Have you ever had one of those days where you thought to yourself "Boy, I sure wish I didn't have this sexy yet expensive cocaine addiction"? Fortunately for you, there could be a new solution on the horizon, and all you have to do is fry your brain with lasers. Equally sexy.
A new study performed by the National Institute of Drug Abuse, Ernest Gallo Clinic, and the Research Center at UC San Francisco has shown that when particularly hip, cocaine-addicted rats had the prelimbic region of the prefrontal cortexes treated with a little laser light, all manner of compulsive cocaine-seeking behavior promptly ceased. Granted, rats aren't humans, but there are some promising similarities. Like human cocaine addicts, rats also exhibit a crazy lack of inhibition when jonesing for a fix, and will keep on doing lines even if they've been trained to expect some pain afterwards. And all that stopped after the lasers.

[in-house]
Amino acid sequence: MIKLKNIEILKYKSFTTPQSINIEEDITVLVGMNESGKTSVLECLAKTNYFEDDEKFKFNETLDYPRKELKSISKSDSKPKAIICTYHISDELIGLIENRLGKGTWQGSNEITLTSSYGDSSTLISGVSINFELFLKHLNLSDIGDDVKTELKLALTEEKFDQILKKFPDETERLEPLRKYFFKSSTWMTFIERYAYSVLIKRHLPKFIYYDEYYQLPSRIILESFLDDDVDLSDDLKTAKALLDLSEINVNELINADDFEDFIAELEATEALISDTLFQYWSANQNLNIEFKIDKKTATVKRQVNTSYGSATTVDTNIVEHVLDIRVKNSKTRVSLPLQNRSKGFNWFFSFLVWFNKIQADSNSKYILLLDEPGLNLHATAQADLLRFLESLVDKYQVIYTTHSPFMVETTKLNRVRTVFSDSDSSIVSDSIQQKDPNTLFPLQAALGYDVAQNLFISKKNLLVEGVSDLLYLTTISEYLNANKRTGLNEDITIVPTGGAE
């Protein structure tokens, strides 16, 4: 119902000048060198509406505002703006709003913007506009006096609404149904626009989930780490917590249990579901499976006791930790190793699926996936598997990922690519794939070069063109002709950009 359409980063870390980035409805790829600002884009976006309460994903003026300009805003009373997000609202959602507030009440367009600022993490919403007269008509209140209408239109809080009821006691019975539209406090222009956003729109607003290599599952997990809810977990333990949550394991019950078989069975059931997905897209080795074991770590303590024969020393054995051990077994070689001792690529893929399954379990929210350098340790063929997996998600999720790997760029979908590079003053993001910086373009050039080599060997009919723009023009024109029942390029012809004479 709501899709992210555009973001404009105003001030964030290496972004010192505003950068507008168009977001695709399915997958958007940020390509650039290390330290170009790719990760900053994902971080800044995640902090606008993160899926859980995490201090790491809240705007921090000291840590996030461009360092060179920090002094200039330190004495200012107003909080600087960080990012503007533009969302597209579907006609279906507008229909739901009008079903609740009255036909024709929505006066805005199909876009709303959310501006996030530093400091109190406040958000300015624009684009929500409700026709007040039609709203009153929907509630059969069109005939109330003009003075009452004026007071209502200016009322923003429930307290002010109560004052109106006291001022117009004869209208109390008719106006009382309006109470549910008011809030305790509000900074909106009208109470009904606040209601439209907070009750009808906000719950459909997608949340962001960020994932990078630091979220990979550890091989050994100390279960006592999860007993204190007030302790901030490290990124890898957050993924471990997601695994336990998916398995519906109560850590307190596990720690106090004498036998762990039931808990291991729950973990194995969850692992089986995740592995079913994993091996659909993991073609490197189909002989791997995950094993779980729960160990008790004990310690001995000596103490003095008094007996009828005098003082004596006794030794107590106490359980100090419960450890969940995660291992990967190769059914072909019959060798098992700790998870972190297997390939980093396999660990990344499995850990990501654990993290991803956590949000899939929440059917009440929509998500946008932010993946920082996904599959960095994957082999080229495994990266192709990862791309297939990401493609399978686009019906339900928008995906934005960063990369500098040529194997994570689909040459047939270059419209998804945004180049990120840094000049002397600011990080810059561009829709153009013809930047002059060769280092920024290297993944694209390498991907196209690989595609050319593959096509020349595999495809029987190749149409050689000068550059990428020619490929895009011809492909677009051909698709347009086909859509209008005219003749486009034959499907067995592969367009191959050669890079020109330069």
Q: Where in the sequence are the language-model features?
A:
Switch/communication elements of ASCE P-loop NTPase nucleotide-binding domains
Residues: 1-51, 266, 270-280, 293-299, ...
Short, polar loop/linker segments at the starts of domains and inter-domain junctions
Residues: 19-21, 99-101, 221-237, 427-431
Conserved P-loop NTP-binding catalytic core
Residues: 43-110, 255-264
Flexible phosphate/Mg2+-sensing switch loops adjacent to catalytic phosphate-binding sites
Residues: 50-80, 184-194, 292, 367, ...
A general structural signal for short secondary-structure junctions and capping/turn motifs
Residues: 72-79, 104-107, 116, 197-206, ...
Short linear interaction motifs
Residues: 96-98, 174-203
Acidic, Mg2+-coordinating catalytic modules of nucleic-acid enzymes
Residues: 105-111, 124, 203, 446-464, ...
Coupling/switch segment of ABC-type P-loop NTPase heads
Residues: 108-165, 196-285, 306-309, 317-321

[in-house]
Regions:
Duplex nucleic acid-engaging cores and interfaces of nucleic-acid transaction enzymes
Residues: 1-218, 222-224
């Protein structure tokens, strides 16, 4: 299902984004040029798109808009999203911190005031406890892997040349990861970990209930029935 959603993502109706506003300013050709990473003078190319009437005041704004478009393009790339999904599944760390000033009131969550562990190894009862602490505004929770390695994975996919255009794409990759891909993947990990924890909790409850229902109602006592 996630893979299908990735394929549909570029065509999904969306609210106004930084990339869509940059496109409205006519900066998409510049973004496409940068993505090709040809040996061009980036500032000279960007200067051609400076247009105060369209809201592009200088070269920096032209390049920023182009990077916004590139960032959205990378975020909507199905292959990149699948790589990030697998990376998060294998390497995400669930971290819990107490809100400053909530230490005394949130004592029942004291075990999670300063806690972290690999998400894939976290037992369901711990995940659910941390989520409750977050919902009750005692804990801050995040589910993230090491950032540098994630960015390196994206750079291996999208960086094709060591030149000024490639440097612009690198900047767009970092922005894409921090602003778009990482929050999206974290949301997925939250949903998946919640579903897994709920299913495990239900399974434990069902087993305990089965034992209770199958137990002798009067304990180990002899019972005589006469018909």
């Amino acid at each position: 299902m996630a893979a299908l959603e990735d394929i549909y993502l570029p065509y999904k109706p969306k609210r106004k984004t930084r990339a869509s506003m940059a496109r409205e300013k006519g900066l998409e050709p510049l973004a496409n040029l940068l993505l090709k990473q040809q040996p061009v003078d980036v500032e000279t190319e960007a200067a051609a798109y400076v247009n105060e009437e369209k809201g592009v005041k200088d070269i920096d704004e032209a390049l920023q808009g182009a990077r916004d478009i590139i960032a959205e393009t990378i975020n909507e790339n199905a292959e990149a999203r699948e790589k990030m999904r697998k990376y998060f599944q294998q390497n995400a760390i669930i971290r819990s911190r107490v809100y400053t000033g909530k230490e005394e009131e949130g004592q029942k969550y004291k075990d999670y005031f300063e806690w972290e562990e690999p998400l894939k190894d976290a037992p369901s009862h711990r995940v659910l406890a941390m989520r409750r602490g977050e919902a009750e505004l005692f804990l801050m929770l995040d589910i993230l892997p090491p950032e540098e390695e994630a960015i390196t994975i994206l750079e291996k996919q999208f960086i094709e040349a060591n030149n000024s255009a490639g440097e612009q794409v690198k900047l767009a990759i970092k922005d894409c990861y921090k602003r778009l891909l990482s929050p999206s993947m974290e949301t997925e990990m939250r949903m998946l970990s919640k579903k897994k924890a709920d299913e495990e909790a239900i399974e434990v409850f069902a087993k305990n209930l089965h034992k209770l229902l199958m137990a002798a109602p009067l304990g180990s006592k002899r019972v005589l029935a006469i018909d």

In the study, neurons in the rat's prefrontal cortex were switched on and off by genetically engineering some light-sensitive proteins in there first. If and when the practice moves to humans, it probably won't be in laser-form though, as transcranial magnetic stimulation is a safer and more practical if less hell-yeah awesome approach. Even better, such a therapy is ready to go for human testing right now.
While the treatment stops the cravings, there's no word on what it does to the effect of cocaine on treated subjects. So though not physically addicted, druggies might still get a little urge if they just think cocaine is a fun thing to do. Still, it's a promising step toward treating addiction to cocaine and other drugs in general. It's no substitute to not getting started in the first place, but where's the fun in that, right? [Medical Xpress]